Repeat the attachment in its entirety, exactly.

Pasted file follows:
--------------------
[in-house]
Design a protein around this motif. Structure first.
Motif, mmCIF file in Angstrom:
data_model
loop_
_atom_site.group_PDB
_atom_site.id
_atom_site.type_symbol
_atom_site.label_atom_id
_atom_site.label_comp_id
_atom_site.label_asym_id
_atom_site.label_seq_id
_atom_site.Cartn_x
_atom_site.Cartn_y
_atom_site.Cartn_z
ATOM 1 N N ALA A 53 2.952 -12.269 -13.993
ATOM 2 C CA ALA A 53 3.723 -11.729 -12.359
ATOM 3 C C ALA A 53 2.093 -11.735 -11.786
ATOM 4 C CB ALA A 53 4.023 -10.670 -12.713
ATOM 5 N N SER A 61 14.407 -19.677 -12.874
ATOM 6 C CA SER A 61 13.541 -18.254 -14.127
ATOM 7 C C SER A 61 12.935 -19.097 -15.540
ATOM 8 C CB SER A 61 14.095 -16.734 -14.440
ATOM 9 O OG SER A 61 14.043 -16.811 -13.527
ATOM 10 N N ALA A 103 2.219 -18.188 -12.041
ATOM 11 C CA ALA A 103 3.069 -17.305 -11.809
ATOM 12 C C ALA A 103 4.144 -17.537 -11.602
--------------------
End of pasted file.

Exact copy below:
[in-house]
Design a protein around this motif. Structure first.
Motif, mmCIF file in Angstrom:
data_model
loop_
_atom_site.group_PDB
_atom_site.id
_atom_site.type_symbol
_atom_site.label_atom_id
_atom_site.label_comp_id
_atom_site.label_asym_id
_atom_site.label_seq_id
_atom_site.Cartn_x
_atom_site.Cartn_y
_atom_site.Cartn_z
ATOM 1 N N ALA A 53 2.952 -12.269 -13.993
ATOM 2 C CA ALA A 53 3.723 -11.729 -12.359
ATOM 3 C C ALA A 53 2.093 -11.735 -11.786
ATOM 4 C CB ALA A 53 4.023 -10.670 -12.713
ATOM 5 N N SER A 61 14.407 -19.677 -12.874
ATOM 6 C CA SER A 61 13.541 -18.254 -14.127
ATOM 7 C C SER A 61 12.935 -19.097 -15.540
ATOM 8 C CB SER A 61 14.095 -16.734 -14.440
ATOM 9 O OG SER A 61 14.043 -16.811 -13.527
ATOM 10 N N ALA A 103 2.219 -18.188 -12.041
ATOM 11 C CA ALA A 103 3.069 -17.305 -11.809
ATOM 12 C C ALA A 103 4.144 -17.537 -11.602